Tuesday, November 25, 2008

Whatever People Say I Am, That's What I'm Not

I apologize that activity here has been slowing down more than the global economy. I'm actually racing in top gear towards an event horizon of fair significance, so real world responsibilities & preparations take precedence over any self-important pontificating around these parts.

I've also been feeling a li'l conflicted, funny, in a funk about the purpose this site serves. Recently, when I was trying to explain why I enjoyed something that would normally skirt the edges of my interest, a friend interrupted, "You know why you like it? 'Cuz you're a blogger." As though this meant something. As though this were some official title or legitimate vocation. Of course, it can be: Markos Moulitsas, Ariana Huffington, Ezra Klein, these are people whose primary allocation of time and source of income is blogging. But me? I'm not a fuckin' blogger.

As trite a folksy dictum it is that a man ought to be known for what he is, not what he thinks he is, it's pure egotism that leads a person to define themselves primarily by something other than what they spend most of their time doing. Without exception, every "writer" or "photographer" I met within the gaijin community in Tokyo paid their rent as a language teacher. Another acquaintance, who defines herself as a "self-employed visual artist," spends 8 hours a day, 5 days a week teaching disinterested teens how to make clay busts of their own puberty-despoilt faces. This is as delusional as any gas pump monkey who'd call themselves a "musician" because they play bass in a Black Sabbath cover band.

I'm not saying it's an exquisite thrill to define yourself by your work. True, there are those whose work is actually a pleasure, to whom I doff my hat & offer my envy. Were we all so beautifully fortunate, we wouldn't need antonyms like "play" or "fun."

However, to define a person lump-sum by whatever they devote the most time to is insufficient, as demonstrated by studying two odd species within the worker genus. What of those who spend less than half their waking life working and still bring home the bacon? Odds are you're either a pillage-via-paperwork "little Eichmann" & a right prick, or the most together motherfucker on the planet.

How about those who similarly spend the minority of their time actively employed, and yet their meager means & material wealth reflect this lack of remunerated labour? You know, those often referred to as dossers, derelicts, slackers, scumbags, bums, layabouts, losers, and welfare queens? Identifying them by their vocation (or, rather, lack thereof) necessarily labels them nobodies, mere gristle sizzling in sacrifice upon the altar of capitalism. It's dehumanising, unfair, and inaccurate besides.

Is it a matter of the import of one's activities? Then by what measure does one job matter over another? I, happily, spend most of my time instrument in hand and earmuffed by headphones during a mixdown, so it would seem fair to title myself a musician & audio engineer - but is it really, given that it's brought me as much renown as if I'd been mopping floors at Seven-Eleven? And what precisely is less noble about custodial work in a convenience store than writing stoner rock songs slagging off Australians?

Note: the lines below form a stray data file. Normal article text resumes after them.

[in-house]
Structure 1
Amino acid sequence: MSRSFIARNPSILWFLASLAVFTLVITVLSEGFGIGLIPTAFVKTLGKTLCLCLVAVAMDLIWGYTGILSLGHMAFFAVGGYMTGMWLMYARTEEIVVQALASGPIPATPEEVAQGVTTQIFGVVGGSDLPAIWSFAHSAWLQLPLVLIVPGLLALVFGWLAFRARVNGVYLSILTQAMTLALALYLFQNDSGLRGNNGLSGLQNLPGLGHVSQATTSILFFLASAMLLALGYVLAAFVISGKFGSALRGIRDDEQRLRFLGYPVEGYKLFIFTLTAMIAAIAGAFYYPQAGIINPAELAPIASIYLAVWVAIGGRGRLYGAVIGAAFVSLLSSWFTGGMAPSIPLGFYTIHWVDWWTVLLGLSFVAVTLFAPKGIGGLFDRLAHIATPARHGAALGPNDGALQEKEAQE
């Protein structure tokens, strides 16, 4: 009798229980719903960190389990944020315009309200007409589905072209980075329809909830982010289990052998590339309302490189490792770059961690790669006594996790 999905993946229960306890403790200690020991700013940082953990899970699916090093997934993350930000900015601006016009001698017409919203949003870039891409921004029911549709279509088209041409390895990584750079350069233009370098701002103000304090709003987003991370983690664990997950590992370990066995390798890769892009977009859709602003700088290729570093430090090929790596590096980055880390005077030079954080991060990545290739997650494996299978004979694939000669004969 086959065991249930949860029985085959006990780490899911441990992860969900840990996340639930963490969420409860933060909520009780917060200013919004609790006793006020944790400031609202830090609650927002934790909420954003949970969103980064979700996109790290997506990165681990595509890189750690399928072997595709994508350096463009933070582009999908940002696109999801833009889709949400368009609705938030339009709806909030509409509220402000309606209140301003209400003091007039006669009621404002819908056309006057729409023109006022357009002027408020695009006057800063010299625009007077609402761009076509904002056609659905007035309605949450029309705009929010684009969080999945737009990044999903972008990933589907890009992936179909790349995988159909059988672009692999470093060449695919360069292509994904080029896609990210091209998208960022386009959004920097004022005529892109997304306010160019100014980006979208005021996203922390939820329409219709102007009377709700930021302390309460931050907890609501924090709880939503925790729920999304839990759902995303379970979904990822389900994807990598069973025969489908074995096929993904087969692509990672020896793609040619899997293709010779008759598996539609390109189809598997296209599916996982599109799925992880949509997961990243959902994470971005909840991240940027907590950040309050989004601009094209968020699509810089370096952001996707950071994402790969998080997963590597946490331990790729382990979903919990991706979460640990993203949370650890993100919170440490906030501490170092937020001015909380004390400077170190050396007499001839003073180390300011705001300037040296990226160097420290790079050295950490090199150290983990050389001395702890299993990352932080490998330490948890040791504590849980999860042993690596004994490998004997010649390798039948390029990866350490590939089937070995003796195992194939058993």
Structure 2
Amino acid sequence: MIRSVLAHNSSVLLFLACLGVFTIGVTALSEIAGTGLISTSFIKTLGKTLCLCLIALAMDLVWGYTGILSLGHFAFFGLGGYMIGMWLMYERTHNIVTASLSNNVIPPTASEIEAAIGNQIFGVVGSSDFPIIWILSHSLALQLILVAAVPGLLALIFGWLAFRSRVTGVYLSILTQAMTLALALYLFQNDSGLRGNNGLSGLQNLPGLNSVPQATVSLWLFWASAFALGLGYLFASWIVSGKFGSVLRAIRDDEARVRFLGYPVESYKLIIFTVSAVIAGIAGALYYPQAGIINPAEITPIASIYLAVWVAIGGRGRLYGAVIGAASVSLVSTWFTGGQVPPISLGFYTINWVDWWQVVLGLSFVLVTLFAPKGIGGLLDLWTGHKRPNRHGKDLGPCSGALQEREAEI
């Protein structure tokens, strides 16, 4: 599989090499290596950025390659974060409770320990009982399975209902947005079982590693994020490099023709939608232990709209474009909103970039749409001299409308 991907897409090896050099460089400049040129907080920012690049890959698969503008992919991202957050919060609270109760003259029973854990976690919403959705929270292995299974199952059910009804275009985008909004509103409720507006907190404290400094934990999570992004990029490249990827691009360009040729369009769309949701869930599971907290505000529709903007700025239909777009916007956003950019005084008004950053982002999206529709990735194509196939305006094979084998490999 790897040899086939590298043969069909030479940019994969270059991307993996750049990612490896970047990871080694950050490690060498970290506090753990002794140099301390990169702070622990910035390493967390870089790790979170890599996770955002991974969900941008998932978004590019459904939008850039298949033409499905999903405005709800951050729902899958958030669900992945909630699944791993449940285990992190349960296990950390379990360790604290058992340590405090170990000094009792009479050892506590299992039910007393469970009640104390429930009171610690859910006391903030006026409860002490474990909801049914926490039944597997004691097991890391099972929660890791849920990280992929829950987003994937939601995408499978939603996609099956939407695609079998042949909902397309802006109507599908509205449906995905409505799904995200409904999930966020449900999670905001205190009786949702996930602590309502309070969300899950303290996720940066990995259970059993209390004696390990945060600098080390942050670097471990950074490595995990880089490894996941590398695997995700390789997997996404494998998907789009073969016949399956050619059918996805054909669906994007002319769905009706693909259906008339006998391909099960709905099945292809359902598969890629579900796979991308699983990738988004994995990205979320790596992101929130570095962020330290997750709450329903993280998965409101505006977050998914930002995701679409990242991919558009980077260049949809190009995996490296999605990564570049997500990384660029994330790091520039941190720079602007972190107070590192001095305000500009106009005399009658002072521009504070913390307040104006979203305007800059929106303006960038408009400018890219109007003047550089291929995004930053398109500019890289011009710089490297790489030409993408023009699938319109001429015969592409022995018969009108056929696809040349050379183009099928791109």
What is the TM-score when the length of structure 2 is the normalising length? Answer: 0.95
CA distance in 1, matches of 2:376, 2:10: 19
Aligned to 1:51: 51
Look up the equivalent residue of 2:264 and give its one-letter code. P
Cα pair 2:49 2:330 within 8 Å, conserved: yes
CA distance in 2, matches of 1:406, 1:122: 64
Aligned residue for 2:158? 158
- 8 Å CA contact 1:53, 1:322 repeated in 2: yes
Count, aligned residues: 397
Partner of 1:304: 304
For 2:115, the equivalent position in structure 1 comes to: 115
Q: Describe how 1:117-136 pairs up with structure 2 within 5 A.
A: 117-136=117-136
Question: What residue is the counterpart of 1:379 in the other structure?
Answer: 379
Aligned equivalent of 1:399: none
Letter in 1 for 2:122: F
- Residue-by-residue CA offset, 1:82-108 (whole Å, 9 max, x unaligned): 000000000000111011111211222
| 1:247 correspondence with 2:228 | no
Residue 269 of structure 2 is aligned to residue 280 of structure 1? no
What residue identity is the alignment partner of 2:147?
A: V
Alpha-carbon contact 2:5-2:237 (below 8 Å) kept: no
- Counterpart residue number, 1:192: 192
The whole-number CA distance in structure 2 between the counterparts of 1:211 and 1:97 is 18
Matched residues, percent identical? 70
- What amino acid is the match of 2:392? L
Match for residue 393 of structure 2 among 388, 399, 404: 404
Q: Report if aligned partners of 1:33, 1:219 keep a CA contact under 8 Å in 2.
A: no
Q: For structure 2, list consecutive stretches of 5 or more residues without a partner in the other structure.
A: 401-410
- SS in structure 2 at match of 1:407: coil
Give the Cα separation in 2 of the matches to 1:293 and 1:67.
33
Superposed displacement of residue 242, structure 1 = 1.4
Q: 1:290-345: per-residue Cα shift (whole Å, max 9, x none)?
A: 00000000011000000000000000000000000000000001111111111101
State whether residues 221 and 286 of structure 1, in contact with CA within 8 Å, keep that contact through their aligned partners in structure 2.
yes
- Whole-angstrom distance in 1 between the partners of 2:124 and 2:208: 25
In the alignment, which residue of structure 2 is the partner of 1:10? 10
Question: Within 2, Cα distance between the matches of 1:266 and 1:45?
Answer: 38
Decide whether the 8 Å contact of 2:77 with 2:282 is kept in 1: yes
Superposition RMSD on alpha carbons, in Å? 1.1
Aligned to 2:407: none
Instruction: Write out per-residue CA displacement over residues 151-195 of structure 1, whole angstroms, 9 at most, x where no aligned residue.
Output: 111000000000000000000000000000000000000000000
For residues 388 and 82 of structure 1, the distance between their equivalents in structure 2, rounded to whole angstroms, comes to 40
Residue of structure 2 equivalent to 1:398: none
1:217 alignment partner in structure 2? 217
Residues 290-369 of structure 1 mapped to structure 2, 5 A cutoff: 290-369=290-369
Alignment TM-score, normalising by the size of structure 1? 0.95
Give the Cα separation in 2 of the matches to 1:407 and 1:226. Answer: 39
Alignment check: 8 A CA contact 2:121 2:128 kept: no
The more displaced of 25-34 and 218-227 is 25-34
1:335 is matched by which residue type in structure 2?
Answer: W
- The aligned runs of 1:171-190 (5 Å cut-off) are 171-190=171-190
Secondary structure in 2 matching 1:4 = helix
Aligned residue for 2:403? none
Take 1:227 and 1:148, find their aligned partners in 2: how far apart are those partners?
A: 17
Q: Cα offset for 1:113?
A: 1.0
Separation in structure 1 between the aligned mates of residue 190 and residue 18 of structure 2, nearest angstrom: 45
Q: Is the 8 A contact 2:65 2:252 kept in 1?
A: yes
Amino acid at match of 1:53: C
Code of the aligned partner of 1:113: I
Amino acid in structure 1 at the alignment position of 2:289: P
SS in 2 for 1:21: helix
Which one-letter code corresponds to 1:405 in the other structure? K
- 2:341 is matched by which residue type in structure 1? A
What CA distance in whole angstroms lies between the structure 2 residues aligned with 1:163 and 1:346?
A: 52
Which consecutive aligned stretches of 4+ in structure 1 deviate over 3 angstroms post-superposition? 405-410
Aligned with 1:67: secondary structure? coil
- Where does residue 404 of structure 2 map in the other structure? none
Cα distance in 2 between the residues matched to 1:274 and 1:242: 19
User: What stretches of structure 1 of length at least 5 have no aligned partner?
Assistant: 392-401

But perhaps that's wandering too far afield from the topic of blogging. What makes blogging a unique medium is the power of the audience to dictate its form without the classic incentive of cash to bait the content provider(s). Obviously, commercial blogs exist, but whereas independent musicians or filmmakers can remain steadfastly oblivious to the whims of their public, a blog's content - or at the very least its tone - can be steered as much by the readers as the writer.

It's a double-blind date in which a blogger & their audience engage. As much as the blogger can shield, edit, or affect their online persona, the readers can remain even more anonymous or obscure; after all, they're not the ones in the spotlight. Further, a blogger is never as in control of their public image as they imagine: what if they're weaker on the page than in conversation? What if they make a bold statement on a subject one of their readers happens to know much more about? What if a merrily ironic aside, easily understood by the blogger's close acquaintances, is misread as an ill-informed opinion, a solid-as-Swiss-cheese straw man, or mordant anomie? It's always too late to take anything back once both the blogger & the reader have realized whether they're sitting across the table from Prince Charming or Ted Bundy.

So maybe blogging is less a blind date or fireside chat, than a blindfolded waltz across a fog-blanketed minefield. Sometimes it works out. The best blogs, with informed & lively exchanges between writer & reader, have the intellectual tone of salons or symposiums. The worst are a Stygian mire of thundering idiocy and petty hatred, all windmilling fists and flying spittle - a fate that can befall any of the better blogs too, should the tone of the comments thread deteriorate too severely.

Me? Well, I often feel like some bloviator glued to his favourite barstool, drawling on to no one in particular, who is occasionally dragged into "Yer so fulla shit"/"No, yer fulla of shit" ping-pong matches by some crank seated at the other end of the bar. (Hi, Andrew Stevens!) This is a useful forum for fleshing out half-formed ideas, talking myself towards a better understanding of my own views. But it's a bit discouraging, and reveals a lot about the going rate of online communication, when I (unintentionally, I'll add) kick-started the most thorough back-and-forth in the recent history of this blog by saying Republicans could "eat a bowl of dicks."

A statement by which I still stand, by the way. But when that is the jump-off, the landing won't be pretty.

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